The ripple effects of clean water

A happy school owner in Kampala

How did I never know that water can have so many social and economic impacts on the stakeholders? I mean, not that I don't think water is important, but my experience with Impact Water, a social enterprise, broadened my view on the many ripple effects water can have. 

Another happy borrower in western Uganda

A brief background on Impact Water

Impact Water is a legally registered Ugandan social business that delivers safe drinking water to schools. They offer modern water purification systems to further their social mission of delivering safe drinking water to 2 million Ugandans by 2018. Impact Water's primary target is the education sector, both private and public. They are currently working in 1,600+ schools in Uganda, impacting the lives of over 800,000 children every day, and operates in 30+ districts. Impact Water provides three unique water filtration products: Ultraviolet, Ultrafiltration and Ultraone. They make it easier for schools to acquire these systems by offering a flexible installment payment plan. In most cases, the schools need to make an equity contribution.

What are the ripples?

It is more environmentally friendly

Most schools in Uganda get their drinking water from the national water supply, borehole or rainwater. These sources of water are known to be unhealthy for drinking. Therefore schools treat their water by boiling. Most of these schools use firewood stoves to boil the water. The average number of students per school in Uganda is approximately 500, so you can imagine the amount of firewood that would be burnt per day to boil water for 500 pupils. Burning wood releases carbon dioxide into the atmosphere, which increases carbon emission, which is harmful to the environment. In addition, using firewood stoves means more trees will need to be cut down, which leads to deforestation. All of these combined is not good for our environment.

By providing a more convenient water treatment system like Ultraviolet, Ultrafiltration and Ultraone, schools would no longer need to boil their water before drinking, leading to a greener environment.


Excited students admiring a newly installed water purification system in Kampala

Healthier students

Every year children lose 272 million school days due to diarrhea, a leading cause of mortality and morbidity that is commonly water-related. It is estimated that 40% of diarrhea cases are attributable to transmission in schools rather than homes. All of the 11 schools I visited acknowledged the drastic reduction in reported cases of water-borne diseases like diarrhea and typhoid fever amongst students ever since they started using Impact Water’s water purification system. They also mentioned children now have more water readily available to consume as these systems are more efficient than boiling water. They now have healthier students and fewer absences due to water-borne diseases.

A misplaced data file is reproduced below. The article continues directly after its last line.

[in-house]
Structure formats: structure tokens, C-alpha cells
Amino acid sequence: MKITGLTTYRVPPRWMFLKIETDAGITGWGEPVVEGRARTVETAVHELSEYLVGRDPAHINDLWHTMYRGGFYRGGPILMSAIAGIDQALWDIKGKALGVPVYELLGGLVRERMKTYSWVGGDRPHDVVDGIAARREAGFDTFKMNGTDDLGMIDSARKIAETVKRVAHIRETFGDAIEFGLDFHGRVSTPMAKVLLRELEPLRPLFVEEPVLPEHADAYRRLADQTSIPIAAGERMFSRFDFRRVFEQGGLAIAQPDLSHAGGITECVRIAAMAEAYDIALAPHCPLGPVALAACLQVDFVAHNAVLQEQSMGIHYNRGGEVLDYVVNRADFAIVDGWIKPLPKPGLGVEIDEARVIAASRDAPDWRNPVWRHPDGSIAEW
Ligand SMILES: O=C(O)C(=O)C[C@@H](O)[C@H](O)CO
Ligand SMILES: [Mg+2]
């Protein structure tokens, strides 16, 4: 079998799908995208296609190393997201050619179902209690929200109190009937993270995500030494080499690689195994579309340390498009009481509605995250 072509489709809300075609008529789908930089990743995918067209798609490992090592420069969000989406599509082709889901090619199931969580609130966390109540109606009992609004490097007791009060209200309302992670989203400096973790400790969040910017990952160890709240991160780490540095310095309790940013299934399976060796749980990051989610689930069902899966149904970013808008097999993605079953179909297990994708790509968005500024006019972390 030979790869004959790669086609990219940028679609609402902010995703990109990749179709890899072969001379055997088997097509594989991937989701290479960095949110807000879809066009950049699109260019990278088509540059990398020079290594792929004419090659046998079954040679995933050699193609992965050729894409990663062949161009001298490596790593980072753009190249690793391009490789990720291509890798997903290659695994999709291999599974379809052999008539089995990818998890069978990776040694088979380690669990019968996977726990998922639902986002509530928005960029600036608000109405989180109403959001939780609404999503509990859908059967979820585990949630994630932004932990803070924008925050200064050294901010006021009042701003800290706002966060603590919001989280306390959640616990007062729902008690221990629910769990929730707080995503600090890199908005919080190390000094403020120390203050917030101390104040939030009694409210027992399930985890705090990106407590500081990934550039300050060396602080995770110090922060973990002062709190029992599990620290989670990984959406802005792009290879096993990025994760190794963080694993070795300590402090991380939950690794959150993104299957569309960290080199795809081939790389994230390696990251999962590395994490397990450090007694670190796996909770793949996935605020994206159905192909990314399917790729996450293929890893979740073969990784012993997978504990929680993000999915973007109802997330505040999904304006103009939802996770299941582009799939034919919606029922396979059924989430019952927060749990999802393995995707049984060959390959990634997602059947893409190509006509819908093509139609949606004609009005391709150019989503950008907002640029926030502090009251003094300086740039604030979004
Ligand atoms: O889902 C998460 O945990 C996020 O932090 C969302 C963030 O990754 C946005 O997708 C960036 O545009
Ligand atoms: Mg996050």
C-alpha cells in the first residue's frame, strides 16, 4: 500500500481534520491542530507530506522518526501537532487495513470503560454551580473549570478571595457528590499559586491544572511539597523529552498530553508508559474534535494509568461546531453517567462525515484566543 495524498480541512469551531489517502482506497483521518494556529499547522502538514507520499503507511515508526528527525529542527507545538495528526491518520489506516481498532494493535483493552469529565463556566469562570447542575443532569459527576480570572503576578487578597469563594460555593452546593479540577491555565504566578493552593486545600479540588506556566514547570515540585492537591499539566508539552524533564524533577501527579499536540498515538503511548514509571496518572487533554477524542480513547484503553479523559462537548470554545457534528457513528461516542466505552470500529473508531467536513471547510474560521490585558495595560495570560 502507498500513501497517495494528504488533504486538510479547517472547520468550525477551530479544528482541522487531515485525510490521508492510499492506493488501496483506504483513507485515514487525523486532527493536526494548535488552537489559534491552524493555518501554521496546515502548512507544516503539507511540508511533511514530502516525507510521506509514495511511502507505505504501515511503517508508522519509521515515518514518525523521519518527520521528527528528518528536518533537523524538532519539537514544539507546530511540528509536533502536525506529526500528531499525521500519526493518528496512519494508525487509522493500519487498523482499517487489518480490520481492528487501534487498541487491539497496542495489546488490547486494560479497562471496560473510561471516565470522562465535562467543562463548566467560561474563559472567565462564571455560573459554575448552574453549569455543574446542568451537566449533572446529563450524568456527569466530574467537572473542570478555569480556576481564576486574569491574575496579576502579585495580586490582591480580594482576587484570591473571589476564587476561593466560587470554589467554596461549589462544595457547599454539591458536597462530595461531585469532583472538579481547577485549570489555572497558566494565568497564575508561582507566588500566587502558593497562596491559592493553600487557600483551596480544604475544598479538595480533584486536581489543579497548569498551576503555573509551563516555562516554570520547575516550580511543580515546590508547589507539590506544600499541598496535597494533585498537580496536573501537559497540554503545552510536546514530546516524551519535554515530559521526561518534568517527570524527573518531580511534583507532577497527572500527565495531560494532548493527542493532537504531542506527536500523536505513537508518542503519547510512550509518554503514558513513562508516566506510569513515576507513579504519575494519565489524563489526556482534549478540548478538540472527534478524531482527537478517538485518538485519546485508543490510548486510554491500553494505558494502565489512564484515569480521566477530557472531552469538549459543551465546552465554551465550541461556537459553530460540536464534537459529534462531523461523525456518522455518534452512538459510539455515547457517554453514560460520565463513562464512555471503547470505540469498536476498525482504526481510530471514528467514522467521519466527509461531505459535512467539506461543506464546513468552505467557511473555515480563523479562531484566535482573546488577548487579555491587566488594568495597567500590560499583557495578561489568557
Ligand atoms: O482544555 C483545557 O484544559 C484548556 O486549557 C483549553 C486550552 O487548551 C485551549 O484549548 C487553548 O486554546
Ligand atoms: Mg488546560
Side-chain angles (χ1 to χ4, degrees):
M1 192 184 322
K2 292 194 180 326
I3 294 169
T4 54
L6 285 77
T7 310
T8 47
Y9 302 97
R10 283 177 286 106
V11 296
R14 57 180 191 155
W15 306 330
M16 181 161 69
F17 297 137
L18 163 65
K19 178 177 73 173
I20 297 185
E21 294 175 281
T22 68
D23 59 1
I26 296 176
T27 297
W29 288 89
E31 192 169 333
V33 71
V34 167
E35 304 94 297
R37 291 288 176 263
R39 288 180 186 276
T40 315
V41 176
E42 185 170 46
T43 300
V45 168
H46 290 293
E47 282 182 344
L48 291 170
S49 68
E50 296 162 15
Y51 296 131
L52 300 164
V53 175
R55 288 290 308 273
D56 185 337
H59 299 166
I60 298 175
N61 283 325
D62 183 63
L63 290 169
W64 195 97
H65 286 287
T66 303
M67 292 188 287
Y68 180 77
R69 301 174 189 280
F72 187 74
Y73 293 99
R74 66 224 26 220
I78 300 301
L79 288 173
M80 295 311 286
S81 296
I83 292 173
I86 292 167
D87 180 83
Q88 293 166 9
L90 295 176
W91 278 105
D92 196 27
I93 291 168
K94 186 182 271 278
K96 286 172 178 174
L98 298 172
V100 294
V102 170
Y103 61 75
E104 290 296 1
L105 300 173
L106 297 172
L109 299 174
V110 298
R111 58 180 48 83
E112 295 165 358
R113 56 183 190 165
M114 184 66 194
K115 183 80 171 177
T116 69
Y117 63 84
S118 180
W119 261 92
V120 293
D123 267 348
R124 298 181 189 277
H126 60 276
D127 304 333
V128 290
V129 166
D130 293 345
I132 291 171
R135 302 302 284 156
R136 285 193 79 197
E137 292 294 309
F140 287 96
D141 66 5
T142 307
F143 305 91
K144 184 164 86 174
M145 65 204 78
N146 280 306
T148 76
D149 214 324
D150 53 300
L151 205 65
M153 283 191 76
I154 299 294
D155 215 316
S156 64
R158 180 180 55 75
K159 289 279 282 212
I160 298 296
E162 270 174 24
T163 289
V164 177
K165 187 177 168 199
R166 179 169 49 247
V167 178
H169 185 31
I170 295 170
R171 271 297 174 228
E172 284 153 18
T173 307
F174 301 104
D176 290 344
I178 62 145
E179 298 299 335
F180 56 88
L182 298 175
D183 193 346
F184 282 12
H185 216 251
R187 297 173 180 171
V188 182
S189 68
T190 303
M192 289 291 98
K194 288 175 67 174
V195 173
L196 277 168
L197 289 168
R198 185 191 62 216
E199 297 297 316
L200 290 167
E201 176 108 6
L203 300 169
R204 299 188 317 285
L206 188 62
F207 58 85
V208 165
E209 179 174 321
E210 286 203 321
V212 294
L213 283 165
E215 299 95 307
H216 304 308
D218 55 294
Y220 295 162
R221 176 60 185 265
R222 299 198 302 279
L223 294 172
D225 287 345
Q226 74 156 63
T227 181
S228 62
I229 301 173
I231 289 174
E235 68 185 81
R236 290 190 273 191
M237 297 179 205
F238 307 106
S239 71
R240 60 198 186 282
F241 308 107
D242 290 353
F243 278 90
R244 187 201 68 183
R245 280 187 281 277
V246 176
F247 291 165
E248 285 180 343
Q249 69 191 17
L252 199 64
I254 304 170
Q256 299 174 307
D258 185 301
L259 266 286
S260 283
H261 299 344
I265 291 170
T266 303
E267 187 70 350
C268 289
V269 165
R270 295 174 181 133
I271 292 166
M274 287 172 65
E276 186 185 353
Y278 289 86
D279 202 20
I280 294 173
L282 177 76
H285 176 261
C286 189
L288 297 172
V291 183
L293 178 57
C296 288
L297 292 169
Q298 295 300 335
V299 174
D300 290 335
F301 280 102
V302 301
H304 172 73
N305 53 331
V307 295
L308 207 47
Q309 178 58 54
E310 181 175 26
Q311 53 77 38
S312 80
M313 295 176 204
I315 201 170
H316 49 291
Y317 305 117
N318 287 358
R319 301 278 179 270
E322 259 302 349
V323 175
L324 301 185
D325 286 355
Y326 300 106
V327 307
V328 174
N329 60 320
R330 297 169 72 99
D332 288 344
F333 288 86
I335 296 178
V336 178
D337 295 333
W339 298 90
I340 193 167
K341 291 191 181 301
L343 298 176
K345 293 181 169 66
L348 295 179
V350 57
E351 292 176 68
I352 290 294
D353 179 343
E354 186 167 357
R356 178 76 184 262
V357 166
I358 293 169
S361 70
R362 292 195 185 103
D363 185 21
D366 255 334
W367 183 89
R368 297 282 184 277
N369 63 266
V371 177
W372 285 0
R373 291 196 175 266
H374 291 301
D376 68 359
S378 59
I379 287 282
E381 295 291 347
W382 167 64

Students taking drinking water from a system in Kampala

Increased income for schools

Ugandan schools spend a lot of money on firewood to boil their drinking water. All of the schools I visited acknowledged that Impact Water’s systems are much more cost effective than the traditional water boiling. Schools are able to reduce their expenses by using these water purification systems. In addition, 60% of school owners acknowledged the improvement in student enrollment since they installed the systems. They claim parents are really happy that their wards now have access to safe drinking water. Parents are willing to pay more and are sending their kids to school, mainly due to access to safe drinking water. This translates to higher income for the school owners. Another interesting fact is, most of the schools claim they would have continued to boil water if not for Impact Water.

Now you see how much impact one loan can have. By lending to Impact Water’s customers, you are contributing to a greener environment and healthier Ugandan students. So much impact in a single loan.

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About the author

Ameen Ajibola

Ameen Ajibola B.S. has spent the past six years building a career in the financial services industry. He has experience in microlending, credit analysis, sales and business development, and investment management. He is passionate about about financial inclusion; he believes it is a fundamental way to alleviate poverty and raise people's standards of living. He is a football fan, specifically a “hardened” Chelsea FC fan. He is very funny and hates being too serious about life.